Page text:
by Collin Spears – Visiting Fellow, Center for New Politics and Policy
Officially, the People’s Republic of China has 55 distinct ethnic minority groups, which total to about 100 million in number or 8.5 percent of the country’s population. Most of these minorities live on the margins of China-proper, and do not have greater issues with the national government than the Han majority who live in similar situations. Some groups, such as the ethnic Koreans (Chaoxian) and Manchu (Mǎnzú), are highly integrated into the Chinese mainstream. However, the best known Chinese minority internationally, especially in the West, are the Tibetans (XīZàng). They are widely understood to be an oppressed culturally distinct minority who wants independent or, at the very least, greater autonomy from Beijing.
This level of international awareness is astonishing; considering, the Tibet Autonomous Region (Xīzàng Zìzhìqū) is roughly 12% of China’s total land area, but Tibetans make up less than half of one percent of China’s population. This makes them only the ninth largest minority group. The Tibetan Issue is well known, primarily due to a superior global marketing campaign, which includes the venerable Dalai Lama and a host of celebrity Western activists, such as Richard Gere and Sting. However, the Uighurs (also Uyghurs, Wéiwú’ěr) are a more numerous minority who have struggled just as long against the Han Chinese, whose homeland also makes up a larger territory, have never enjoyed the same international regard. Perhaps, Turkic Muslims are not as appealing to the hearts and minds of the West as monks in flowing robes, despite the latter’s harsh feudalistic history. Besides cultural bias, the Uighurs have likely failed at marketing, because unlike the Tibetans, they have no central leadership that is universally recognized by all the disparate factions.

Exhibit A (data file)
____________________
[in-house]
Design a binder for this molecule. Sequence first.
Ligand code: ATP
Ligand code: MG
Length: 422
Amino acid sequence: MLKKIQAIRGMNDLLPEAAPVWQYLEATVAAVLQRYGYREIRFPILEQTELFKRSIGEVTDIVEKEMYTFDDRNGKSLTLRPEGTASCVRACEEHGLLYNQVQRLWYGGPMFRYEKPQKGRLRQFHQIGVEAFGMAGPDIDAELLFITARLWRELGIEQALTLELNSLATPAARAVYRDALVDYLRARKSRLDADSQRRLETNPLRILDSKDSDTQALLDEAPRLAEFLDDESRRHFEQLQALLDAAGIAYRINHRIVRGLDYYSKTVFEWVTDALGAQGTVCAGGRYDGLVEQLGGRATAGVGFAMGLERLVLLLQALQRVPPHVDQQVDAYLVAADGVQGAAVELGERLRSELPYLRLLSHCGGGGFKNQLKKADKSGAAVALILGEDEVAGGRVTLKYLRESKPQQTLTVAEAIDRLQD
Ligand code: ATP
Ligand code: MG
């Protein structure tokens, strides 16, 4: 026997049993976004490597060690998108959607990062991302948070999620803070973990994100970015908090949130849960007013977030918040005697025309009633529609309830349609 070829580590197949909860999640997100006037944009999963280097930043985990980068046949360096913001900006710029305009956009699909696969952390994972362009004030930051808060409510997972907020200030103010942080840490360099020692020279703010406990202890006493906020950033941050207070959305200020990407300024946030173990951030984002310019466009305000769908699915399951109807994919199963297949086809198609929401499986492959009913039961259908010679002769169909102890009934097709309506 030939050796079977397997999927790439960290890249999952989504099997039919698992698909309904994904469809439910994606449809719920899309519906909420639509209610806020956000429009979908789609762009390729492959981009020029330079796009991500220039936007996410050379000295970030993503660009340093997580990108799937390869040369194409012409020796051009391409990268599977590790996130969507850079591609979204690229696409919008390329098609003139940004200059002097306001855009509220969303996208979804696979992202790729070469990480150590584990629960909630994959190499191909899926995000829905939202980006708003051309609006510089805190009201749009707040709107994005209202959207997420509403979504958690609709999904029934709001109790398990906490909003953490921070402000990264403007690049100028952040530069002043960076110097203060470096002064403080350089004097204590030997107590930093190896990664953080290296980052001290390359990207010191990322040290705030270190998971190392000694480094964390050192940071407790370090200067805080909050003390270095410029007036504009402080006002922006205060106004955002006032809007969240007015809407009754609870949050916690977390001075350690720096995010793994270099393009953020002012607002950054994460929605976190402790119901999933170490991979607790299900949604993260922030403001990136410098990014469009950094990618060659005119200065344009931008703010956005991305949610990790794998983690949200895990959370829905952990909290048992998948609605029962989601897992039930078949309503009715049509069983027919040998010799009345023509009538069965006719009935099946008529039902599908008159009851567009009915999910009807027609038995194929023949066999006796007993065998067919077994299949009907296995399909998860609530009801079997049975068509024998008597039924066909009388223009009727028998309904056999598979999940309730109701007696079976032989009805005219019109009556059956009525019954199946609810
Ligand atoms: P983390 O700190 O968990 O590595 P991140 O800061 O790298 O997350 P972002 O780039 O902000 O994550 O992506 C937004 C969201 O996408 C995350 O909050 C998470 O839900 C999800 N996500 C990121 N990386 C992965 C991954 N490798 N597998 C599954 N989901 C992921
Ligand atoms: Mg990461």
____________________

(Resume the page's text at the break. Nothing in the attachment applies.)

Out of the nine to ten million Uighurs worldwide, it is arguable that 22 of them have brought more media attention to the plight of their 8 million brothers in China than any advocacy campaign has in at least a decade. These 22 men were not activists seeking a platform; they were just unfortunate enough to get swept up in the American War on Terror. The Guantanamo Uighurs were captured in Afghanistan in 2001 and initially labeled “enemy combatants” by the Bush Administration, but were latter downgraded to the more ambiguous, “non-enemy combatant”. By the fall of 2008, all the remaining Uighur detainees were cleared of wrong doing by the U.S. Justice Department, but after nearly seven years, many still remained imprisoned in Guantanamo.
The Justice Department found that these men had no intentions to commit hostile acts against the United States and its allies. In fact, it was determined that most of them were political and economic refugees who left China for a better life, and were captured by bounty-hunters for profit. Many detainees found their way to Guantanamo by this route. Nonetheless, some of the Uighurs were intending to engage in “terrorist” activities, but against the Chinese government, not the United States. While imprisoned some confessed to training at an ETIM (Eastern Turkistan Islamic Movement) affiliated group in Tora Bora. The ETIM is regarded by the United States and United Nations as a terrorist organization that seeks to turn the Uighur homeland, Xinjiang Provence (known to Uighurs as East Turkestan) into an Islamic republic.